By Lildonia Lawrence. Photography by Deun Ivory.
The human body is the ultimate power vessel. It can carry us from A to B for decades and is the home to our spirit, psyche and soul. Despite this, at one point or another, most of us go through a period where we show our beautiful bodies less love than they deserve.
The relationship with our physical image is a complex one. It changes over time and requires continual checking in, similar to how we keep abreast of our physical and mental health. Most of the time, I feel at home within my skin, but I too have had periods where my relationship with my body has been challenged.
One that is most vivid is following a diagnosis of Endometriosis in 2017. This label changed the way I viewed myself. At the time, I felt broken, that my body had failed me and that I was somehow less of a woman. I regularly compared myself both, in my mind and in the mirror, to what I would call the “normal” woman (who doesn’t exist in real life by the way), but who in my mind, lived a happy, healthy, non-gynae issue life. Working in the field I do, and being around women daily, I know this isn’t true. But still, my self-image was so poor at that time that I couldn’t see anything other than the perceived lack that my body held.
During times of less than optimal body love, I try my best to spring into action and nip obstructing self-beliefs in the bud. Here are my top tips for showing your body some profound self-care:
Be Naked More!
This can be challenging, but it’s a fantastic way to get used to being in your most natural form. Whenever I need a body image boost, I spend as much time naked as I can. Sleeping, lounging, stretching, meditating, journaling and many other activities can be done in the nude. The more comfortable we get with being naked, the more secure we feel in our own skin. If being completely nude is too much of a stretch, start with baby steps; perhaps by sleeping topless and reflecting on how that makes you feel. Take care not to avoid mirrors. It’s easy to rush past them or use them as a place for critique, but spending even five minutes a day looking at ourselves with no agenda allows us to see our body with a non-judgemental eye.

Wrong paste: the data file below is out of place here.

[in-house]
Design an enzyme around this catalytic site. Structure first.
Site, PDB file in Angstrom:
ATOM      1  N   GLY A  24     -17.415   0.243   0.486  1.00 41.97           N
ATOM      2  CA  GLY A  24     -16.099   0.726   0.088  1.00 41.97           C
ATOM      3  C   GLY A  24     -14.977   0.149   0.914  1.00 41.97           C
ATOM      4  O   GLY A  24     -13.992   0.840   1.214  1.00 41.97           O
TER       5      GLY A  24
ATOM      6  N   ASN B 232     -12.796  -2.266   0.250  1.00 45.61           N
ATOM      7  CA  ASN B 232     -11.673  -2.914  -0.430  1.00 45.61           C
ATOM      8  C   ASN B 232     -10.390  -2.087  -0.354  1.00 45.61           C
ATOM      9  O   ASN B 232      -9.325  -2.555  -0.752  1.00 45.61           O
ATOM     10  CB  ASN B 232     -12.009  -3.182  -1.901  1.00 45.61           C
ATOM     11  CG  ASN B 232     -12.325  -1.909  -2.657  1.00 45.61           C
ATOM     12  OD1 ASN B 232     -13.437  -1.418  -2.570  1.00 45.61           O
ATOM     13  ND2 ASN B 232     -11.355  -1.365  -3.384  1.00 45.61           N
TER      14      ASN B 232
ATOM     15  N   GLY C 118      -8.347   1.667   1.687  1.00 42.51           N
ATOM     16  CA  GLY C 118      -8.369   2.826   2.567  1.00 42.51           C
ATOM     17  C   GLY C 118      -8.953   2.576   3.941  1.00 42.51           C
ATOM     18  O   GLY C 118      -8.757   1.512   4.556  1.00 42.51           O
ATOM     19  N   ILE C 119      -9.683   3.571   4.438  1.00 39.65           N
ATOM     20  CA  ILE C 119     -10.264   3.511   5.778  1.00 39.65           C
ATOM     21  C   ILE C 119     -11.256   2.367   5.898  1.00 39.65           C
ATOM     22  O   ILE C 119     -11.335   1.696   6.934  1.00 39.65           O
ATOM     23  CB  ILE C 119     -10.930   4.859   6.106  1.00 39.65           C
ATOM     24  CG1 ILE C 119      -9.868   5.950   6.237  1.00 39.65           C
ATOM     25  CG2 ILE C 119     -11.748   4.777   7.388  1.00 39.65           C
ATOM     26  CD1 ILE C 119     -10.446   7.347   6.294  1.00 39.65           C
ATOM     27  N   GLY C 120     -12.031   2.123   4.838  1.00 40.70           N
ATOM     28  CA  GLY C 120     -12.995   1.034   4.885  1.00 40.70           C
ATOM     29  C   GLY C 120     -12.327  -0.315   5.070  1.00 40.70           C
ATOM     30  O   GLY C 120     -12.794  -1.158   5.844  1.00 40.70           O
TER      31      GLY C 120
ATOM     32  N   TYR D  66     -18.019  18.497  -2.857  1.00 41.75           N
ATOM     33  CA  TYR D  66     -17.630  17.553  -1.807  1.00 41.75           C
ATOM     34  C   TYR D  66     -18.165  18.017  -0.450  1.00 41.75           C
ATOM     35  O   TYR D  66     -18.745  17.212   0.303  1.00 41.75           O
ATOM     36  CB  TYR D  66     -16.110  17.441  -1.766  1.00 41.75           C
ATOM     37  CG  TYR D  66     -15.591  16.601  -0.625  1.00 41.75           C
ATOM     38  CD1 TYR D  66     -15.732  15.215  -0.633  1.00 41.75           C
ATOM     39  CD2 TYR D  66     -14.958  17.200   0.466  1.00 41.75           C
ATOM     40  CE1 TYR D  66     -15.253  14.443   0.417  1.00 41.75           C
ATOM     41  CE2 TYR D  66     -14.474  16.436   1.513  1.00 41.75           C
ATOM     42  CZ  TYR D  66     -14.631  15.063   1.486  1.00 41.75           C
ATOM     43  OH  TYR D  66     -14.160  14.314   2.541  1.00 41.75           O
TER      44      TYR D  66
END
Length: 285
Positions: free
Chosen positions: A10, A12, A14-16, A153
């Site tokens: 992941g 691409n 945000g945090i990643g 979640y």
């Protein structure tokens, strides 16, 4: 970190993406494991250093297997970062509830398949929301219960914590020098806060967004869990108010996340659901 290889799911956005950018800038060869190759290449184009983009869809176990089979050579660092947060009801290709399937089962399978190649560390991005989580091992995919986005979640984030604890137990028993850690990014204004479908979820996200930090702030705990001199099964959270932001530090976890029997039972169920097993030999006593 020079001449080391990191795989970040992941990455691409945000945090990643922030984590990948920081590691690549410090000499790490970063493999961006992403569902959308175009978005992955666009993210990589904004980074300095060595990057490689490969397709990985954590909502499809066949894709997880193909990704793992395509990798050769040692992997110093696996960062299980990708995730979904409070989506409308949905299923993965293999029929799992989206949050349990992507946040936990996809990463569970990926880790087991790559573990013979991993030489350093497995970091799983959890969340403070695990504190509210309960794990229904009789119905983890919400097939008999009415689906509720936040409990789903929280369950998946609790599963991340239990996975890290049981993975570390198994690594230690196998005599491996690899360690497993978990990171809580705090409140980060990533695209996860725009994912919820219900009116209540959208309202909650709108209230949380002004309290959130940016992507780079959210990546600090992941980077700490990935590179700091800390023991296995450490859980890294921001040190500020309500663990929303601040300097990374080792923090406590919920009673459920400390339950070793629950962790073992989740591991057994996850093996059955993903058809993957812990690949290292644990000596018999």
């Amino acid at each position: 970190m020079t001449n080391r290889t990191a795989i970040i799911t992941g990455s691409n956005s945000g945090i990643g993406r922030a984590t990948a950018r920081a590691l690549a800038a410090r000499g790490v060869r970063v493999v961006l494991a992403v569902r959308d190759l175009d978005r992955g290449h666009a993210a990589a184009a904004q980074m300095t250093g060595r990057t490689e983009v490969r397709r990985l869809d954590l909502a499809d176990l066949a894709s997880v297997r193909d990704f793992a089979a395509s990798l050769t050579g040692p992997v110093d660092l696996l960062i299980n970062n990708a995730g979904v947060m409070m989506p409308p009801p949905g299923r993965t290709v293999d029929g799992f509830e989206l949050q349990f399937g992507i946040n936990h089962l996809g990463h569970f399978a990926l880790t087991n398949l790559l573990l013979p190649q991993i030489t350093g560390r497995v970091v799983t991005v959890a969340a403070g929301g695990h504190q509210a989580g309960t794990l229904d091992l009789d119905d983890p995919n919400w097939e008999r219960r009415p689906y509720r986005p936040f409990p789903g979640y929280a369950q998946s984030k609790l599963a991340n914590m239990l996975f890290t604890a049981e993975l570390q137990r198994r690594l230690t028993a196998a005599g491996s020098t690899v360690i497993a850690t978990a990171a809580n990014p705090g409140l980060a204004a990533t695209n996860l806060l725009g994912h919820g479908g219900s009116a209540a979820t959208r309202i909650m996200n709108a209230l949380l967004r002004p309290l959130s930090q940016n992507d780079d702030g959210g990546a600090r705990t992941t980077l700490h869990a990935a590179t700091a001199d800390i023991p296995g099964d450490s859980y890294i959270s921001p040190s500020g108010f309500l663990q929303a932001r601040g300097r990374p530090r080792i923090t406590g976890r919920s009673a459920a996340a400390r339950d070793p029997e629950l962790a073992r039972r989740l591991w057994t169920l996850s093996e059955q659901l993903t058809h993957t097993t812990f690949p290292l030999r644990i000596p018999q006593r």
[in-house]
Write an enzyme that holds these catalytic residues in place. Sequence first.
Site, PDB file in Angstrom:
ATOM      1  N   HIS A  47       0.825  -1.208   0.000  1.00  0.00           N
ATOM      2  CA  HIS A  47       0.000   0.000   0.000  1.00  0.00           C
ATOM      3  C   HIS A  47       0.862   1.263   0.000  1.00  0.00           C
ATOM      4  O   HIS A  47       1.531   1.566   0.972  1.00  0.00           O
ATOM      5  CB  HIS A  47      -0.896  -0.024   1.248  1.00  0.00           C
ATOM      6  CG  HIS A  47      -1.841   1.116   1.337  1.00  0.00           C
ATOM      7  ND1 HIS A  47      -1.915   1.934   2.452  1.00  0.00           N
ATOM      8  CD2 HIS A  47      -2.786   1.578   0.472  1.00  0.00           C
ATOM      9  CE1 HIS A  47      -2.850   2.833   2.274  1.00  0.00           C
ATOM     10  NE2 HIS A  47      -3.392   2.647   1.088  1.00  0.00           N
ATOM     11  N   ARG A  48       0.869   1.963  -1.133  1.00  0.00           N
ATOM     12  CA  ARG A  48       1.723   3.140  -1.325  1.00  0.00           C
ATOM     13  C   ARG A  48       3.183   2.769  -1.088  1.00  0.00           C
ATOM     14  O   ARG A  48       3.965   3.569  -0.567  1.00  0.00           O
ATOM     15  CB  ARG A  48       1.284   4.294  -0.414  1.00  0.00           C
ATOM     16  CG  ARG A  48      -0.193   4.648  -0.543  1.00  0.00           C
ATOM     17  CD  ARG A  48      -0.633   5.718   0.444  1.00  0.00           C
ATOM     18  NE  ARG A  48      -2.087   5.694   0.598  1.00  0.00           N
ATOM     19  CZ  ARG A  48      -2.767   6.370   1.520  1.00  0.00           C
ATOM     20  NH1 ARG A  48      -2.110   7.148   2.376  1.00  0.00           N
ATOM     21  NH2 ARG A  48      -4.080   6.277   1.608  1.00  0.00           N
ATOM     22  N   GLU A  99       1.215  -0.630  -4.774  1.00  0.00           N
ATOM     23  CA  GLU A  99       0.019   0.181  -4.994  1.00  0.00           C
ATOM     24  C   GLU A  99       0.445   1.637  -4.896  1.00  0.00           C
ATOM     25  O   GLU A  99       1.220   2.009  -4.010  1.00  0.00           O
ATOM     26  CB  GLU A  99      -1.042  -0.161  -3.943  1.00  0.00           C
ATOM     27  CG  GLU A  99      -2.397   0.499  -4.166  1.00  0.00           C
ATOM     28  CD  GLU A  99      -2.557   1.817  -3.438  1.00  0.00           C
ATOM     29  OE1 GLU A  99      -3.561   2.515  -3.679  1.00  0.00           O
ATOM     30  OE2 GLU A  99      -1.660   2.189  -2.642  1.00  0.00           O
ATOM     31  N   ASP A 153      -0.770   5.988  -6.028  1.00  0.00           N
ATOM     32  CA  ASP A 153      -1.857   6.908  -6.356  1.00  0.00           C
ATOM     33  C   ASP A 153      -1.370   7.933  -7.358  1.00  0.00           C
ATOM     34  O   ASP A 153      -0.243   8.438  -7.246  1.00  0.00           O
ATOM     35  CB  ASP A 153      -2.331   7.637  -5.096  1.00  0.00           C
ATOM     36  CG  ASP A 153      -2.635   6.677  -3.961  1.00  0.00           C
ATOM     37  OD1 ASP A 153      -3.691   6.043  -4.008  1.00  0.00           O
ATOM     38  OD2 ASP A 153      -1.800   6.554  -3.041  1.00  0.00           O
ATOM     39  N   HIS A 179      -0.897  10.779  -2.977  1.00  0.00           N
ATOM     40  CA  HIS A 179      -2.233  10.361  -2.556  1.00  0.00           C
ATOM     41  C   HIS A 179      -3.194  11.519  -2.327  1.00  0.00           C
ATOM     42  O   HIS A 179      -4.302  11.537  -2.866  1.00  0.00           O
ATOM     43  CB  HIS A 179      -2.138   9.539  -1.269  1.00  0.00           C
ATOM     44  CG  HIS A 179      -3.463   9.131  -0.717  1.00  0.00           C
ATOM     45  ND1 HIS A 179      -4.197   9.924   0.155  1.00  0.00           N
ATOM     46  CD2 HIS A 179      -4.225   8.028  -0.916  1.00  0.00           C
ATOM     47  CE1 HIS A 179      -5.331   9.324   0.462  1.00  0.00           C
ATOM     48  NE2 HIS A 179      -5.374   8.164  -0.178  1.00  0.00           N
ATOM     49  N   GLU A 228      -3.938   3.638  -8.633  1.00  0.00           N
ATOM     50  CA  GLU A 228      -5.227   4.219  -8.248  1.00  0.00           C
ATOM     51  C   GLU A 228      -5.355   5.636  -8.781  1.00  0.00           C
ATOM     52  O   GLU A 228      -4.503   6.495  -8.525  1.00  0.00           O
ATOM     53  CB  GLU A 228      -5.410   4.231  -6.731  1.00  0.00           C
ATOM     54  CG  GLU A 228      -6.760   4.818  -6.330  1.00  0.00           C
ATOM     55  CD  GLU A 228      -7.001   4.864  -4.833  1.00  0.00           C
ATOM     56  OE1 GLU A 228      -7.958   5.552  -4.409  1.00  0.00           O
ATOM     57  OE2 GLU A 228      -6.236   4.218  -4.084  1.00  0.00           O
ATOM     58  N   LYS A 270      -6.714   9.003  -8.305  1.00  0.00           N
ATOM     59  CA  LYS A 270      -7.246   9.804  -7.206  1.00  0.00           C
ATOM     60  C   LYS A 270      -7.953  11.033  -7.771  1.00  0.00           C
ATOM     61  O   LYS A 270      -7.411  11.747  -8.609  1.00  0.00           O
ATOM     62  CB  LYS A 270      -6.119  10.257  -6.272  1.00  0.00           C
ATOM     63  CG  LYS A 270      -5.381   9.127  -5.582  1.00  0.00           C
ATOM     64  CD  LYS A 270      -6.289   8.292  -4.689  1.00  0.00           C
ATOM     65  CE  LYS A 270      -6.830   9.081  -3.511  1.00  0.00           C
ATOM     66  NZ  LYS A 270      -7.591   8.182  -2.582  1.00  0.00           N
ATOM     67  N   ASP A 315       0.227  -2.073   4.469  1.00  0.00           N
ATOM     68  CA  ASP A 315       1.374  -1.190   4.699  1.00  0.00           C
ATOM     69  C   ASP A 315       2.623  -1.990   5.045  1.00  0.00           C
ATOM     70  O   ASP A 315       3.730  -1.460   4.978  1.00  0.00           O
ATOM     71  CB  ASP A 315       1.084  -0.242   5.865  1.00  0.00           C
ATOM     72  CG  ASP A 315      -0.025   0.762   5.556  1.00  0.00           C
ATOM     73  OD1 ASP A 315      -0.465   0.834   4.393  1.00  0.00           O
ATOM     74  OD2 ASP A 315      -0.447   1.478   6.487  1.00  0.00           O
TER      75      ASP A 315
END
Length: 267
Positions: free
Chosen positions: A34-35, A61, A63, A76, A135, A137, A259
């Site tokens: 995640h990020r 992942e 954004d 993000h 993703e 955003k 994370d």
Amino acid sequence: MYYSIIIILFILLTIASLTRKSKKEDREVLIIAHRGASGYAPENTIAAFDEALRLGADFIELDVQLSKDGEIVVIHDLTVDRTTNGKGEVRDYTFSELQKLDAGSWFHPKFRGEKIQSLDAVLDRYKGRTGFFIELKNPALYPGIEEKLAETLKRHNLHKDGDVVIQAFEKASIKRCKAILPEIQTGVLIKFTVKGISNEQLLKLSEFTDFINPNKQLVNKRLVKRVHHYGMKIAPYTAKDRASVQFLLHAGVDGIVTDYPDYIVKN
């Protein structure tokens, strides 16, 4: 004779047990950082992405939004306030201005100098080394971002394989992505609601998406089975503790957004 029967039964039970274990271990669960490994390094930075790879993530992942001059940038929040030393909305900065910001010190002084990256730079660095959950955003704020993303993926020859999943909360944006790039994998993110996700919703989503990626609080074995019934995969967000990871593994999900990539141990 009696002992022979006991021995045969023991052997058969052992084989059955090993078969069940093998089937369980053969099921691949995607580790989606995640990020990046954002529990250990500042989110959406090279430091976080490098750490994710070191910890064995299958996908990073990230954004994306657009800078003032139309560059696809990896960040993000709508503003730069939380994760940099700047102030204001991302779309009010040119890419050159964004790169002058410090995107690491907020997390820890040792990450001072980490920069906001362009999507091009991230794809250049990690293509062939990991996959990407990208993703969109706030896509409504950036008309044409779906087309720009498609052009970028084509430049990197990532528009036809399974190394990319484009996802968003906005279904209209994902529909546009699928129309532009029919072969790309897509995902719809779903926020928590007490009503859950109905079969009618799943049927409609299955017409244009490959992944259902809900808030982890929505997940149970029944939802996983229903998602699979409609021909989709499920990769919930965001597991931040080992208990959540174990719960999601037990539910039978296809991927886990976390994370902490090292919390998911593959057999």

Give Up Comparison!
They say comparison is the thief of joy, and I couldn’t agree more. One of the absolute worst things we can do for our self-image is comparing ourselves, and yet we still do it. Social media is the worst when it comes to this, with many of us comparing ourselves to images that aren’t even real due to editing, filtering and flattering angles. I adore other women's loveliness and the key to positive self-esteem is to admire others beauty without questioning your own. If I ever find myself in the comparison trap, I reframe my mental dialogue to compliment another whilst simultaneously complimenting myself. For example, I might say “Wow, she’s absolutely stunning … but I’m beautiful too”. It’s not conceited to be aware of your own worth. We are primed to see the negative in everything including our own beauty and by validating ourselves we are readdressing the balance.
List the Things You Love!
Our bodies are magical, and every single human body has a myriad of beautiful things about it. When our body image is low, we end up focusing on the things we don’t like about ourselves, adding to feelings of low self-worth. Making a list of things we love about our body is a wonderful way to remember all the fantastic things we possess. This can be difficult, but it's worth a try as the results can yield a higher level of awareness and self-love. When making your list try to catalogue a mix of physical attributes and functional skills. Beautiful examples I’ve heard from clients in the past have been statements such as "I love my long eyelashes" and "I love my body's ability to feed and nurture my child".
To love yourself is a thing of joy but it takes practice, dedication and effort. Carve out time to do the work sis, you’re worth it.
Lildonia is a life coach, yoga instructor and sex educator working in London. She has a background in psychology and mental health and has spent many years working in the health and wellbeing industries. Her week is spent with a mixture of delivering health workshops, teaching group classes and leading coaching sessions. Alongside this, she works as a wellbeing writer for several publications.
You can find out more about her work on instagram @lildonia.lawrence